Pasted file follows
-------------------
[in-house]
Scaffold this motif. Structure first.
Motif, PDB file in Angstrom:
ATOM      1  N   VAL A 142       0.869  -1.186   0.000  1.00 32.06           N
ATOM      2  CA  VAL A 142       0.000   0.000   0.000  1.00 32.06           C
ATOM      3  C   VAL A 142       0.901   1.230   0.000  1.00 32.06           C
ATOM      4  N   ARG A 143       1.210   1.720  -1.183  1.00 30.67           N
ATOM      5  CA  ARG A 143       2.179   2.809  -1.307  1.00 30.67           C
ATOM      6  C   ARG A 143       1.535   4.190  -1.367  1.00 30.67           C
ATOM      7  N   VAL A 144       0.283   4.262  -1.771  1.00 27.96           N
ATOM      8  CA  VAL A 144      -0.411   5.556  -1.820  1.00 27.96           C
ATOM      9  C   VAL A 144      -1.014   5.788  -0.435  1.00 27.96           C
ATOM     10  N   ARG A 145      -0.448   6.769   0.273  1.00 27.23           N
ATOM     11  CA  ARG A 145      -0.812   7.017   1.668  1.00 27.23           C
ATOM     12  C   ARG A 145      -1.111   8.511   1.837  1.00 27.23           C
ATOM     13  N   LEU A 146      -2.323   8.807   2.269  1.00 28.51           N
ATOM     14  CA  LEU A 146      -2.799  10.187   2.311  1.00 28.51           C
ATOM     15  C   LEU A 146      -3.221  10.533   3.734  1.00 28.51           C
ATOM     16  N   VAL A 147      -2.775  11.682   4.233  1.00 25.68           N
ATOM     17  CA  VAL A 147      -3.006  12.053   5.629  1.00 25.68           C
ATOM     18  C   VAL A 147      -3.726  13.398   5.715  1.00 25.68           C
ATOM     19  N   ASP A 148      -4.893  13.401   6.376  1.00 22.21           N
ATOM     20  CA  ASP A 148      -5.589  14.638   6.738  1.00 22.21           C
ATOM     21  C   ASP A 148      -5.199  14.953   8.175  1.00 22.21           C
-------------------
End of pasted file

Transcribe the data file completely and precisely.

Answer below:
[in-house]
Scaffold this motif. Structure first.
Motif, PDB file in Angstrom:
ATOM      1  N   VAL A 142       0.869  -1.186   0.000  1.00 32.06           N
ATOM      2  CA  VAL A 142       0.000   0.000   0.000  1.00 32.06           C
ATOM      3  C   VAL A 142       0.901   1.230   0.000  1.00 32.06           C
ATOM      4  N   ARG A 143       1.210   1.720  -1.183  1.00 30.67           N
ATOM      5  CA  ARG A 143       2.179   2.809  -1.307  1.00 30.67           C
ATOM      6  C   ARG A 143       1.535   4.190  -1.367  1.00 30.67           C
ATOM      7  N   VAL A 144       0.283   4.262  -1.771  1.00 27.96           N
ATOM      8  CA  VAL A 144      -0.411   5.556  -1.820  1.00 27.96           C
ATOM      9  C   VAL A 144      -1.014   5.788  -0.435  1.00 27.96           C
ATOM     10  N   ARG A 145      -0.448   6.769   0.273  1.00 27.23           N
ATOM     11  CA  ARG A 145      -0.812   7.017   1.668  1.00 27.23           C
ATOM     12  C   ARG A 145      -1.111   8.511   1.837  1.00 27.23           C
ATOM     13  N   LEU A 146      -2.323   8.807   2.269  1.00 28.51           N
ATOM     14  CA  LEU A 146      -2.799  10.187   2.311  1.00 28.51           C
ATOM     15  C   LEU A 146      -3.221  10.533   3.734  1.00 28.51           C
ATOM     16  N   VAL A 147      -2.775  11.682   4.233  1.00 25.68           N
ATOM     17  CA  VAL A 147      -3.006  12.053   5.629  1.00 25.68           C
ATOM     18  C   VAL A 147      -3.726  13.398   5.715  1.00 25.68           C
ATOM     19  N   ASP A 148      -4.893  13.401   6.376  1.00 22.21           N
ATOM     20  CA  ASP A 148      -5.589  14.638   6.738  1.00 22.21           C
ATOM     21  C   ASP A 148      -5.199  14.953   8.175  1.00 22.21           C